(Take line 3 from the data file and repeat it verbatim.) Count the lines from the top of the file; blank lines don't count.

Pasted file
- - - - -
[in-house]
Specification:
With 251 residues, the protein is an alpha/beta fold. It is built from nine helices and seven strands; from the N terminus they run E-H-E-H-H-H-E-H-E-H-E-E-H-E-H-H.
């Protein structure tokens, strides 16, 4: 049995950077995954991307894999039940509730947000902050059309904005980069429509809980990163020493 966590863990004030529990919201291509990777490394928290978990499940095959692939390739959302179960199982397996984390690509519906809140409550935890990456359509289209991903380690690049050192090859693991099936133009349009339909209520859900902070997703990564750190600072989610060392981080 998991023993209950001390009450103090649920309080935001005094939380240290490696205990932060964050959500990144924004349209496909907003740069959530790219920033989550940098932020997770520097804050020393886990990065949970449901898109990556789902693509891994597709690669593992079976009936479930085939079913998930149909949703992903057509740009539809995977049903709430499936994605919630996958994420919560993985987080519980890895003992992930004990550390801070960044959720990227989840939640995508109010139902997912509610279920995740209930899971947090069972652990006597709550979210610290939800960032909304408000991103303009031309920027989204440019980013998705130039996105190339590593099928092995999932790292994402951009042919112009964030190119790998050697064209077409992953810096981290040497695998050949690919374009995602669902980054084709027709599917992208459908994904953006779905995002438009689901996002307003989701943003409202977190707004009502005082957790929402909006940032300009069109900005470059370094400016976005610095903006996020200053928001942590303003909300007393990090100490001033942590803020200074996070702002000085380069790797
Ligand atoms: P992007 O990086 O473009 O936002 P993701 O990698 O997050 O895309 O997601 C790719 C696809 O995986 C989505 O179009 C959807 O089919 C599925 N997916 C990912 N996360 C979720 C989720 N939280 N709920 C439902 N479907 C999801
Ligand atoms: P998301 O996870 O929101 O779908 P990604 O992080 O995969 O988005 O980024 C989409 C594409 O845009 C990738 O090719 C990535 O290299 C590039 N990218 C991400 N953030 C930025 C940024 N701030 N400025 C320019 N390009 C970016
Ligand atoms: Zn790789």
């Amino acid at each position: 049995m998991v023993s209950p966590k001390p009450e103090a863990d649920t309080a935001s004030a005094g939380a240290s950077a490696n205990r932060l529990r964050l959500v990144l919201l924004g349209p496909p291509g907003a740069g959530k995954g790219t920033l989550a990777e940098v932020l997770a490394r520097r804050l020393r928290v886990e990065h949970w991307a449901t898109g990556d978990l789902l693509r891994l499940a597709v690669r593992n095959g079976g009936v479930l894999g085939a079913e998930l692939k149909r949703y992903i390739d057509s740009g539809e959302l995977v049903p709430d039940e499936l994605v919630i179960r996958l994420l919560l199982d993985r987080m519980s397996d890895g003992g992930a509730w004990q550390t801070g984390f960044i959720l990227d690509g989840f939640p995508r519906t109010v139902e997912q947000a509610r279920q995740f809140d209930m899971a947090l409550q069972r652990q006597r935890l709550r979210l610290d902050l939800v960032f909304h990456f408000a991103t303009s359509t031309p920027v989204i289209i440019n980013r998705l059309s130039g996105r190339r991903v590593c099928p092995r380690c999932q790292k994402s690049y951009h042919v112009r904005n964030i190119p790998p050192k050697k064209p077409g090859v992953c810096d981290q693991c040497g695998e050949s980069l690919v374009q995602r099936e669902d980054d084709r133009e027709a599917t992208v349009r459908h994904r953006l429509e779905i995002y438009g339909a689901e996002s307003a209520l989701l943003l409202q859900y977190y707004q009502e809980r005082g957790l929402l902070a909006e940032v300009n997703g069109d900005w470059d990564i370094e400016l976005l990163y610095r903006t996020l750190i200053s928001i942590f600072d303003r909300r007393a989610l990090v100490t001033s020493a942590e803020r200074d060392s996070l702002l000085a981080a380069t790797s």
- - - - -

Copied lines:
With 251 residues, the protein is an alpha/beta fold. It is built from nine helices and seven strands; from the N terminus they run E-H-E-H-H-H-E-H-E-H-E-E-H-E-H-H.